Oranga Tamariki and Hillsong
Good Morning and Welcome to this week’s Gospel and Culture update, by Alan Vink
Oranga Tamariki and Hillsong
Tuesday 5th October 2021
Oranga Tamariki Review
Currently there are more than 6000 children in State Care in NZ. A damning review has found that Oranga Tamariki is a "weak, disconnected and unfit" agency - and the Government says it will cease the current controversial process of child uplifts.
“The issues facing the agency came to a head in 2019 after Newsroom published a video of the uplift of a week-old Māori baby in Hastings. That event led to no less than five damning reviews of Oranga Tamariki and its child uplift practices: an internal review, and inquiries by Whānau Ora, the Chief Ombudsman, the Children's Commissioner, and the Waitangi Tribunal.
The Waitangi Tribunal, in its report He Pāharakeke released in April, called on the Crown to step down after finding Oranga Tamariki to be a "foundation of structural racism".
POV. It’s a vexing issue. About 6 months after we were married Jeanette and I fostered a teenage girl through the Christian Foster Care Organisation called Open Home Foundation. This youngster was 14 years old, a ‘ward of the state’ and had been in 11 different ‘homes’. We were home number 12. This is tough…..very tough whichever way you look at it. The Department of Social Welfare as it was known back then was doing it’s best. But the State is not set up to be a good parent. I have come to the conclusion it can’t be. Sadly, it has become a huge institution and institutions can’t care for children especially not vulnerable children. What they can do, however, is ‘fund’ foster families to care for children who can’t for whatever reason stay with their biological parents or extended families. And there are many reasons why this is the case and they are always sad.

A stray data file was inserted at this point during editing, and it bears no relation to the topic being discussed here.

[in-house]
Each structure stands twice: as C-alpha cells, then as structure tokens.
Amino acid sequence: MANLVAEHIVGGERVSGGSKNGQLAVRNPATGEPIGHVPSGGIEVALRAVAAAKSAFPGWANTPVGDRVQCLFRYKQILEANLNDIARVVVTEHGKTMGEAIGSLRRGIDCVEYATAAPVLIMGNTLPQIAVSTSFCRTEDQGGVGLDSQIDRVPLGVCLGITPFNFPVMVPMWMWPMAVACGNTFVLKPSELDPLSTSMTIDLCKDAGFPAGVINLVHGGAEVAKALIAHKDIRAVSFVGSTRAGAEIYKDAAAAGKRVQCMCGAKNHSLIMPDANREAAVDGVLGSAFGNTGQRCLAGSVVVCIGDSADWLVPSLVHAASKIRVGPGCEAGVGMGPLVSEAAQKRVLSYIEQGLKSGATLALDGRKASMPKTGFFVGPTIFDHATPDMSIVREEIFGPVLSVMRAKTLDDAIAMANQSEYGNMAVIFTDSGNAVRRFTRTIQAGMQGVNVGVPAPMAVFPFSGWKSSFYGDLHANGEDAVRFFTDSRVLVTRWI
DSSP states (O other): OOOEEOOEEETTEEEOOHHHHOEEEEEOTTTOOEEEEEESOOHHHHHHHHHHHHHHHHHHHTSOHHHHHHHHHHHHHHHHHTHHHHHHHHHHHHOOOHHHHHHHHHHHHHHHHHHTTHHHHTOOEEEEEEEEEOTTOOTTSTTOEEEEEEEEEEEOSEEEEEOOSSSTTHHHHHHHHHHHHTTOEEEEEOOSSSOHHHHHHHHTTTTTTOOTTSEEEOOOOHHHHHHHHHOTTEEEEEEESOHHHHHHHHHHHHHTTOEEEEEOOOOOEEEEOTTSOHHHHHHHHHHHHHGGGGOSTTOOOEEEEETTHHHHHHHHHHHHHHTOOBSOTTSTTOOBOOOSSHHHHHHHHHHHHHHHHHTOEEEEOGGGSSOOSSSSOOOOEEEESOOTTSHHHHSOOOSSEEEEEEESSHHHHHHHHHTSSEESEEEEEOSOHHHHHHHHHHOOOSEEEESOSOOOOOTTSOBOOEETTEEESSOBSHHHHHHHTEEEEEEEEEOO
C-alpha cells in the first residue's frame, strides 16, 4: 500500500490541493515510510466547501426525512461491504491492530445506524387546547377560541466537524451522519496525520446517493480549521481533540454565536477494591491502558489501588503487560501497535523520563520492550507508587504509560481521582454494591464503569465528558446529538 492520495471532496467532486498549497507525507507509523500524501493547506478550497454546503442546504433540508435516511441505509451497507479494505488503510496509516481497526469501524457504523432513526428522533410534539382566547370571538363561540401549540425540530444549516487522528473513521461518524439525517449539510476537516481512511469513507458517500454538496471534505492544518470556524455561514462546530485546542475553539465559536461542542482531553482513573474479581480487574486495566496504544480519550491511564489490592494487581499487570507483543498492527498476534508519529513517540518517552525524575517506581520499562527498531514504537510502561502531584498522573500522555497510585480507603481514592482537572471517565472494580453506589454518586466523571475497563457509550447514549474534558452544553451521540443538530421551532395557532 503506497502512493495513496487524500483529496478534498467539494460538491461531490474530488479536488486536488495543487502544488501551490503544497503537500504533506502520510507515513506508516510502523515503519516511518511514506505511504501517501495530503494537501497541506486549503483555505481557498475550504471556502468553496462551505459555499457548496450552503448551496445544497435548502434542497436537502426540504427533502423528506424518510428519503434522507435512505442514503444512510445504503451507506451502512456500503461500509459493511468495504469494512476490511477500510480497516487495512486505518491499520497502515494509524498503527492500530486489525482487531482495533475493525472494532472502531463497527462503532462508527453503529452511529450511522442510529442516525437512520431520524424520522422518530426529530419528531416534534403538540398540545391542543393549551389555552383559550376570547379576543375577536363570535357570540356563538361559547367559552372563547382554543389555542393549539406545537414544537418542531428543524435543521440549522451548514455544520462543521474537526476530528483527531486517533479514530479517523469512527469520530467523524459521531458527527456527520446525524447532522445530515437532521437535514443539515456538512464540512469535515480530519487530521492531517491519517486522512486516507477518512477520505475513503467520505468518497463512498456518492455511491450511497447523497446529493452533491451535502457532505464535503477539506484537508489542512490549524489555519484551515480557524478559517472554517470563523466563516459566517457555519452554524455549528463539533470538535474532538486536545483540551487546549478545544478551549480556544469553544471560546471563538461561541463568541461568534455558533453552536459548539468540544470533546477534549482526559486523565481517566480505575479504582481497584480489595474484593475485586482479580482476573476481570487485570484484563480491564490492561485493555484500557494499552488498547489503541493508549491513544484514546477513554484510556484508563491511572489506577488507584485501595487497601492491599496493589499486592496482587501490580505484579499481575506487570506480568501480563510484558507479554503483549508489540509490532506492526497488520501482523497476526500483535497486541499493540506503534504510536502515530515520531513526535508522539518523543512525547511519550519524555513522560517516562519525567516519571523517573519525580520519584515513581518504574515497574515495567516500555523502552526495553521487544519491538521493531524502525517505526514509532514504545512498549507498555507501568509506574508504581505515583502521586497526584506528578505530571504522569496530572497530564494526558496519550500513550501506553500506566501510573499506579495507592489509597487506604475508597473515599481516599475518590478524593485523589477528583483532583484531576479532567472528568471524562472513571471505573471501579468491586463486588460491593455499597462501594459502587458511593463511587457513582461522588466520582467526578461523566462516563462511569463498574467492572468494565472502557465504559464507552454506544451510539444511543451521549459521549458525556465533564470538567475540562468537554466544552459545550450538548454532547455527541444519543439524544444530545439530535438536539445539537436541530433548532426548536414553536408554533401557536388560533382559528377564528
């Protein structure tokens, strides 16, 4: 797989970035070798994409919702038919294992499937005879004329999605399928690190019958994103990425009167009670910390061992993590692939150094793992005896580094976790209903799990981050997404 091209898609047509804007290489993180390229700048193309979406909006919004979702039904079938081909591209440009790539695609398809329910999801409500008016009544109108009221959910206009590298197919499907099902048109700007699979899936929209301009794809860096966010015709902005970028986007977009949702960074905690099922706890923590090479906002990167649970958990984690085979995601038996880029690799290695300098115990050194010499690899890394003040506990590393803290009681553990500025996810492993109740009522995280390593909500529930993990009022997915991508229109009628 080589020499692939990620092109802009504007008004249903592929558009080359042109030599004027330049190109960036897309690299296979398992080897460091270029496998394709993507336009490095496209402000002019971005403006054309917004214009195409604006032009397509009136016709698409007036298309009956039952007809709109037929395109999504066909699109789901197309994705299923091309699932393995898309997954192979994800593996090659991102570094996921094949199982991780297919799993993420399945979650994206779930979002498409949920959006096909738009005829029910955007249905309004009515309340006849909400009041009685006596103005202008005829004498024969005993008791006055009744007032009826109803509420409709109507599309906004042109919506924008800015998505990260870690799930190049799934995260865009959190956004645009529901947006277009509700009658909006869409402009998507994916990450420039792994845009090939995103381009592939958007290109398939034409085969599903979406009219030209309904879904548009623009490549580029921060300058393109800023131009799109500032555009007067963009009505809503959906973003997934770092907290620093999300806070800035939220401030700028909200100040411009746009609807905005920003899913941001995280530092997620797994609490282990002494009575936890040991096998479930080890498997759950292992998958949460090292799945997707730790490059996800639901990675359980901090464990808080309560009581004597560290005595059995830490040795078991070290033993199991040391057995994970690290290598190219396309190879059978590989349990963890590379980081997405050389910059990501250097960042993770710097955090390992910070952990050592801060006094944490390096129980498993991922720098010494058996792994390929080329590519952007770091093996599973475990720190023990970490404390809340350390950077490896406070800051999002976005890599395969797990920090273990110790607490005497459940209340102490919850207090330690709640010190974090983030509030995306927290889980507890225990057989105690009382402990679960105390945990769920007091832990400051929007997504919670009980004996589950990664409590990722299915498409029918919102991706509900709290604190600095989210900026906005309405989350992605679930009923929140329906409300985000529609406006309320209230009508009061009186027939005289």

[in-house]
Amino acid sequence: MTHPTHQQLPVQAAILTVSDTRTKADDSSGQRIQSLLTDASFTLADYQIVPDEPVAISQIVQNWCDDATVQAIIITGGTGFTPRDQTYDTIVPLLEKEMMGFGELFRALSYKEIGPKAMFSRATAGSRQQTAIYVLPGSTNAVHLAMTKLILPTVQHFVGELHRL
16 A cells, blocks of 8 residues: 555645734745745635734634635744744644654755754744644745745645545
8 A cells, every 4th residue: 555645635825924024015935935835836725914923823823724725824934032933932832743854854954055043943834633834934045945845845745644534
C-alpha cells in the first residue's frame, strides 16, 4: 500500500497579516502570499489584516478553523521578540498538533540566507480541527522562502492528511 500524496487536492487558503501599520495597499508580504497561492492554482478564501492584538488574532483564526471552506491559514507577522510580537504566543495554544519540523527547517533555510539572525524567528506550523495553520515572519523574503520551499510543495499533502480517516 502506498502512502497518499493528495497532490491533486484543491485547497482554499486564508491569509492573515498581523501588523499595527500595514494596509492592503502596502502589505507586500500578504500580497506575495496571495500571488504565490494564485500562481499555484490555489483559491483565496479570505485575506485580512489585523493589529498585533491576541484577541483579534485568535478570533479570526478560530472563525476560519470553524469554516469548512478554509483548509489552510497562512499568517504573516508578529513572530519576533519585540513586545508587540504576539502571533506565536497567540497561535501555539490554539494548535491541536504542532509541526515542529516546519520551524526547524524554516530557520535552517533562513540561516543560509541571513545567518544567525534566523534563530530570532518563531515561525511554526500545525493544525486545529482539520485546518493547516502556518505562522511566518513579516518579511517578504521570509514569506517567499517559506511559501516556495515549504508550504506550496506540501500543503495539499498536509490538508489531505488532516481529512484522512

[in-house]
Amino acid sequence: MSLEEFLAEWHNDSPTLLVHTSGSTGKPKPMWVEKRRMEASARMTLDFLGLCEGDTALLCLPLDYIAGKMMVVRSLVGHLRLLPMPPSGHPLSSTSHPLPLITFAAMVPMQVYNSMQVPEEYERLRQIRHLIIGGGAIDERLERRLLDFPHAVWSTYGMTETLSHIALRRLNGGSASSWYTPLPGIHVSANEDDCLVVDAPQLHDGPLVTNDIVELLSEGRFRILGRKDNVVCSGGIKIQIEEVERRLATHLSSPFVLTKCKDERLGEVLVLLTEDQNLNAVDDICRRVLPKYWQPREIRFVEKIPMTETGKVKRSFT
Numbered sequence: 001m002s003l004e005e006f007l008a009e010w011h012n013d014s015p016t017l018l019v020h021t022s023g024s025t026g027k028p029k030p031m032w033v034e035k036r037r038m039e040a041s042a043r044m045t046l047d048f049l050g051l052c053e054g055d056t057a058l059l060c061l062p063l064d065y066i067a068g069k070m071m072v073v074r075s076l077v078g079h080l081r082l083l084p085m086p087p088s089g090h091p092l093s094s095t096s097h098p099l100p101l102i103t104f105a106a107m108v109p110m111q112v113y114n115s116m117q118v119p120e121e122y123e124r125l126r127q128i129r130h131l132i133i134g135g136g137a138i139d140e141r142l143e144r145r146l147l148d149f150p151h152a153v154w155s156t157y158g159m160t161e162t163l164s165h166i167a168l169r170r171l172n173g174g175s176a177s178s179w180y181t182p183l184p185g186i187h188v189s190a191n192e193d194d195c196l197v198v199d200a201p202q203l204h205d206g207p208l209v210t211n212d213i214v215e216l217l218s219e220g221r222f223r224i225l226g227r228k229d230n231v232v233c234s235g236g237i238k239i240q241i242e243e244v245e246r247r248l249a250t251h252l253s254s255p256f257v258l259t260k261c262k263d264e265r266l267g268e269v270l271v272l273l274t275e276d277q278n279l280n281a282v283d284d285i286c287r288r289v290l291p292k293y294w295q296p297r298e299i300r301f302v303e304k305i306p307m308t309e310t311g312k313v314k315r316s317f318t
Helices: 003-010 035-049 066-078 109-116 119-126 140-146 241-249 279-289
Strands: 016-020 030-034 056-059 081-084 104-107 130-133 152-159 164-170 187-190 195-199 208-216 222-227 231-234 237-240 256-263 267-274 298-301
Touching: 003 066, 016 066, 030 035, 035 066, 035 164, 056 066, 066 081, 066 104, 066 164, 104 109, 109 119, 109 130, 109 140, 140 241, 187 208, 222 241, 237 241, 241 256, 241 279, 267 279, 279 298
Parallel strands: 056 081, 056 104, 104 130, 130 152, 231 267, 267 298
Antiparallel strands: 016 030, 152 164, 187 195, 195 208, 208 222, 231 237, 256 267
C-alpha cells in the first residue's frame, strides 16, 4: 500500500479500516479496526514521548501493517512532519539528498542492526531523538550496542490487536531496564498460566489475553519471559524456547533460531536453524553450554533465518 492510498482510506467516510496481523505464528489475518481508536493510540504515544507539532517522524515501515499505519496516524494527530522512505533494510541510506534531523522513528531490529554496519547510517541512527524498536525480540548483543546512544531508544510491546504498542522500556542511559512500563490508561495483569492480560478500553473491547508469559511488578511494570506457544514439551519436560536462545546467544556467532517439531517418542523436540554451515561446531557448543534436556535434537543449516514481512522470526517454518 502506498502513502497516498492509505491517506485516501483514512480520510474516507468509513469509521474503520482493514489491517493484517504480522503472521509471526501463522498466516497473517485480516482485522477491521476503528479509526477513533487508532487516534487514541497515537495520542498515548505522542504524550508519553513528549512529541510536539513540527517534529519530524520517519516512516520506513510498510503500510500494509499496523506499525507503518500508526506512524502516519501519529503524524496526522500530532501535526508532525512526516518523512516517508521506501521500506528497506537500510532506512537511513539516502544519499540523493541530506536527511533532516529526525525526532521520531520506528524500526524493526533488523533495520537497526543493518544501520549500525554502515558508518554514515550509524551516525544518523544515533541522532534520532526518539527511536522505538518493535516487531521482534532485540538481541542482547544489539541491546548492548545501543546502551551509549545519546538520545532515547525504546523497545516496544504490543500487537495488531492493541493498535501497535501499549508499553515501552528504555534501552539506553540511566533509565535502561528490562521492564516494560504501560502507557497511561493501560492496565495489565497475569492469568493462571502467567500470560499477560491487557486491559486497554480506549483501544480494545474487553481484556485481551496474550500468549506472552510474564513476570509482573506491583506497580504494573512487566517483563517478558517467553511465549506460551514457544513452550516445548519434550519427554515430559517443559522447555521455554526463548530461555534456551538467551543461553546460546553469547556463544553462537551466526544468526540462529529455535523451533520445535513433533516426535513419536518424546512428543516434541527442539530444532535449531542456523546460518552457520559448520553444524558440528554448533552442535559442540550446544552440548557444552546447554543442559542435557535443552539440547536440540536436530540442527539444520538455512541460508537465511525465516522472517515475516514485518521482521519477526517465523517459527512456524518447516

Fostering children is a wonderful ministry for Christian families. It’s not easy but it can change the trajectory of a child’s life. Fostering or supporting vulnerable children is a ministry right on all our door steps and I recommend it. I want to also highly recommend Open Home Foundation as an excellent agency to work with.
POV. The documentary on the Sunday Programme two nights ago called ‘Hillsong Hell’ is hard to watch. It’s also very sad. No abuse should ever happen in a Christian church……never. But sadly it does and while high profile churches are subject to stinging public exposures like we see here it would be wrong to conclude that this is a ‘megachurch problem only’. It by no means is.
Churches are also subject to the fall. A crucial task of pastors and elders is to discern where fallenness and the consequences of the fall (sin) has ‘crept into the pew’. Sometimes it has crept into the pastorate. When this happens Jesus and the Apostle Paul give us very clear teaching as to how we should deal with it. And deal with it we must because churches are supposed to be the safest places on earth for every person that attends and at all times irrespective of the baggage a person brings with them.
There is another question that we should wrestle with. How big should churches become? I hold the view that when a church gets to big (let’s say over 1000 members) it moves more towards a corporation rather than a body, a flock (of sheep) or a family. I don’t think churches were ever intended to be run like corporations. But that is another subject for another time.
I don’t know the full story of what happened at Hillsong…..none of us do. I just wish it never happened.
Alan Vink is currently the Executive Director for LeadershipWorx. Prior to this role he has been the Executive Director of Willow Creek Association NZ (WillowNZ), a Baptist pastor (23 years), Bible College teacher, and church consultant.